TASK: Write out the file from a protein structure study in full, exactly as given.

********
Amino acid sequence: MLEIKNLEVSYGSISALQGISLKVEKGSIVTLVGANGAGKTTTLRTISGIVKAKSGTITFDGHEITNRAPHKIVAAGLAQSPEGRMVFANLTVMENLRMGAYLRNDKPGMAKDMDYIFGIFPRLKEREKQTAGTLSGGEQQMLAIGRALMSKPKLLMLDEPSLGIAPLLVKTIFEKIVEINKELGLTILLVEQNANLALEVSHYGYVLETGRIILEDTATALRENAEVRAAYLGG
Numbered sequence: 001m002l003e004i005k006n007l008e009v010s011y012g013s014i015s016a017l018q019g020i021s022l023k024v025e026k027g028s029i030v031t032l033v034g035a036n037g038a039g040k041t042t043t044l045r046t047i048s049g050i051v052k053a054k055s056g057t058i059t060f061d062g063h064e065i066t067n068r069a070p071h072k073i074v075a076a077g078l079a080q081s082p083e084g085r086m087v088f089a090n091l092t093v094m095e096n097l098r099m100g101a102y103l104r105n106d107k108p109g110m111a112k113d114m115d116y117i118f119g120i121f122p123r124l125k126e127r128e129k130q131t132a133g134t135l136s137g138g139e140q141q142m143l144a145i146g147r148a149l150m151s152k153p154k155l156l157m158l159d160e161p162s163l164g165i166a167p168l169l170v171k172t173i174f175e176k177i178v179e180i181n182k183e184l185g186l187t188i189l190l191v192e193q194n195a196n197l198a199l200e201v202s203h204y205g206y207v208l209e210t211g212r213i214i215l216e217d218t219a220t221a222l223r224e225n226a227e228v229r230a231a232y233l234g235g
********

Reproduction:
Amino acid sequence: MLEIKNLEVSYGSISALQGISLKVEKGSIVTLVGANGAGKTTTLRTISGIVKAKSGTITFDGHEITNRAPHKIVAAGLAQSPEGRMVFANLTVMENLRMGAYLRNDKPGMAKDMDYIFGIFPRLKEREKQTAGTLSGGEQQMLAIGRALMSKPKLLMLDEPSLGIAPLLVKTIFEKIVEINKELGLTILLVEQNANLALEVSHYGYVLETGRIILEDTATALRENAEVRAAYLGG
Numbered sequence: 001m002l003e004i005k006n007l008e009v010s011y012g013s014i015s016a017l018q019g020i021s022l023k024v025e026k027g028s029i030v031t032l033v034g035a036n037g038a039g040k041t042t043t044l045r046t047i048s049g050i051v052k053a054k055s056g057t058i059t060f061d062g063h064e065i066t067n068r069a070p071h072k073i074v075a076a077g078l079a080q081s082p083e084g085r086m087v088f089a090n091l092t093v094m095e096n097l098r099m100g101a102y103l104r105n106d107k108p109g110m111a112k113d114m115d116y117i118f119g120i121f122p123r124l125k126e127r128e129k130q131t132a133g134t135l136s137g138g139e140q141q142m143l144a145i146g147r148a149l150m151s152k153p154k155l156l157m158l159d160e161p162s163l164g165i166a167p168l169l170v171k172t173i174f175e176k177i178v179e180i181n182k183e184l185g186l187t188i189l190l191v192e193q194n195a196n197l198a199l200e201v202s203h204y205g206y207v208l209e210t211g212r213i214i215l216e217d218t219a220t221a222l223r224e225n226a227e228v229r230a231a232y233l234g235g